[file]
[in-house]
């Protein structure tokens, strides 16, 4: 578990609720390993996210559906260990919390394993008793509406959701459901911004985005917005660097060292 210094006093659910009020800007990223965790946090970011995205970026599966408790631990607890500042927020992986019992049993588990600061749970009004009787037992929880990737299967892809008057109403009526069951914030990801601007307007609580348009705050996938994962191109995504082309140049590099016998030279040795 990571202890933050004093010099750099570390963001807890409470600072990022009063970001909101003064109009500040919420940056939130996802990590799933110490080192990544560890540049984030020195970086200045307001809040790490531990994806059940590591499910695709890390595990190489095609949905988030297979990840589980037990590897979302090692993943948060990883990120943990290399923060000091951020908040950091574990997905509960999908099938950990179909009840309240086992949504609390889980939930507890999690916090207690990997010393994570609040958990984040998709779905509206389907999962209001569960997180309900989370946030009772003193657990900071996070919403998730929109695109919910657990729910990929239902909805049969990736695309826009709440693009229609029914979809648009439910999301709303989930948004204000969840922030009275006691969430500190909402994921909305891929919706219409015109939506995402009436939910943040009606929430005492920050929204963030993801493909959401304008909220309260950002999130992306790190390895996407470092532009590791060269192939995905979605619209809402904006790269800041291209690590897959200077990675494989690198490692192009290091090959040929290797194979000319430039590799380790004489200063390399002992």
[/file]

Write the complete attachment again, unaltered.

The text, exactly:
[in-house]
């Protein structure tokens, strides 16, 4: 578990609720390993996210559906260990919390394993008793509406959701459901911004985005917005660097060292 210094006093659910009020800007990223965790946090970011995205970026599966408790631990607890500042927020992986019992049993588990600061749970009004009787037992929880990737299967892809008057109403009526069951914030990801601007307007609580348009705050996938994962191109995504082309140049590099016998030279040795 990571202890933050004093010099750099570390963001807890409470600072990022009063970001909101003064109009500040919420940056939130996802990590799933110490080192990544560890540049984030020195970086200045307001809040790490531990994806059940590591499910695709890390595990190489095609949905988030297979990840589980037990590897979302090692993943948060990883990120943990290399923060000091951020908040950091574990997905509960999908099938950990179909009840309240086992949504609390889980939930507890999690916090207690990997010393994570609040958990984040998709779905509206389907999962209001569960997180309900989370946030009772003193657990900071996070919403998730929109695109919910657990729910990929239902909805049969990736695309826009709440693009229609029914979809648009439910999301709303989930948004204000969840922030009275006691969430500190909402994921909305891929919706219409015109939506995402009436939910943040009606929430005492920050929204963030993801493909959401304008909220309260950002999130992306790190390895996407470092532009590791060269192939995905979605619209809402904006790269800041291209690590897959200077990675494989690198490692192009290091090959040929290797194979000319430039590799380790004489200063390399002992």